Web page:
Trust me,if a dredge creates a silt plume visible to a pilot, for example,who feels that poses a threat,he'll whine about it until he is heard just because he can.
That "example" exists.

Let your invention sail or sink on its merits as a mining device and not as BAT tool that will cast the existing dredge in a bad light.








  
overtheedge
07:37:55 Wed
Apr 25 2012

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Re: Good preliminary scouting news

Well, I was just filing under ignore. But Peluk broke the ice, so I am compelled to say my speil.

Quote: thegoldgopher

Black sand needed, and black sand questions ( 20:34:31 Sun Apr 22 2012 )
I need a bunch of black sand. Anyone have a bunch they want to part with?

Is all black sand reactive to a magnet? I have seen some recent videos of people playing with black sand and magnets. I have not seen a lot of magnets in sluices to grab the black sand, but think it would be a good idea, just removing one more thing from the desired result. It could all be saved for refining. They seem to leave a lot of the sand in with the gold. Is this because there is a tiny amount of gold in with the black sand that comes out in smelting?

can be contacted at thegoldgopher@gmail.com re: black sand


In one post you are dispensing advice and in the next you post the above?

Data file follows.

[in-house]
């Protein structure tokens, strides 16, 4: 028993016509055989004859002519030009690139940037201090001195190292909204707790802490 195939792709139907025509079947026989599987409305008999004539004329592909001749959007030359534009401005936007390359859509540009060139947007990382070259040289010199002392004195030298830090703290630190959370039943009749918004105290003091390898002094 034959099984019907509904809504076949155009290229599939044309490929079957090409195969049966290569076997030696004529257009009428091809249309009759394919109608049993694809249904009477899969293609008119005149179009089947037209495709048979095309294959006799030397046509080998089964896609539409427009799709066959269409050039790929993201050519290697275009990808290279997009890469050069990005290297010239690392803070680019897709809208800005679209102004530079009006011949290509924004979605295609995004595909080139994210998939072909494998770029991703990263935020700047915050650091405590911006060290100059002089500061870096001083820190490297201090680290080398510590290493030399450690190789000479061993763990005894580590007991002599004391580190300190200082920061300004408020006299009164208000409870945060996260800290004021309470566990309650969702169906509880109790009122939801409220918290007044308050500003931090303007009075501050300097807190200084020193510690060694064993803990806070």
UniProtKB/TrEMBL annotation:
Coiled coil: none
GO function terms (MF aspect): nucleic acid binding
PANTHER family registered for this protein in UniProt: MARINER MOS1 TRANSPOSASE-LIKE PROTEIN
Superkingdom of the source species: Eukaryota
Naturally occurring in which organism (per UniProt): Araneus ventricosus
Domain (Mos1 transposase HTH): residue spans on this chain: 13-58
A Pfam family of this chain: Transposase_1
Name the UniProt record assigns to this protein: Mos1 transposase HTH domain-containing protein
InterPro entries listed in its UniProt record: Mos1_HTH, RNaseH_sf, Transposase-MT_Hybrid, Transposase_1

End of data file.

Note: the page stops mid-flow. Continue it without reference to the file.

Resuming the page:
Now with zero experience you are going to invent a device that eliminates a non-existent problem? With zero experience you have identified the problems? With zero experience you know what has been already invented and discarded because it was inefficient or nonsense for a myriad of reasons?

I've never dredged in Nome. Been there in the winter. I had a few brews at the BoT. Trained Arctic Scouts out at Salmon Lake. Ate my share of oogruk and appreciated it.

What is the problem with you getting some black sand of your own? Don't talk the talk, walk the walk. Be a doer.

Dollar to a doughnut that the folks at Dept(?)of Mining and Regulatory(?) Division had you on speakerphone and after 10,000 similar calls had a good laugh listening to yours.

Bubba, talk about crash and burn. Get out there and get some experience. Learn the science and develop the skill-sets needed to learn more. You won't learn squat behind the keyboard or reading a book on this subject. Big share of the garbage in books (and a lot of what is posted) is crap parroted from the depression era booklets done by some college boys hired by the US Bureau of Mines. (IC# 6786-6788)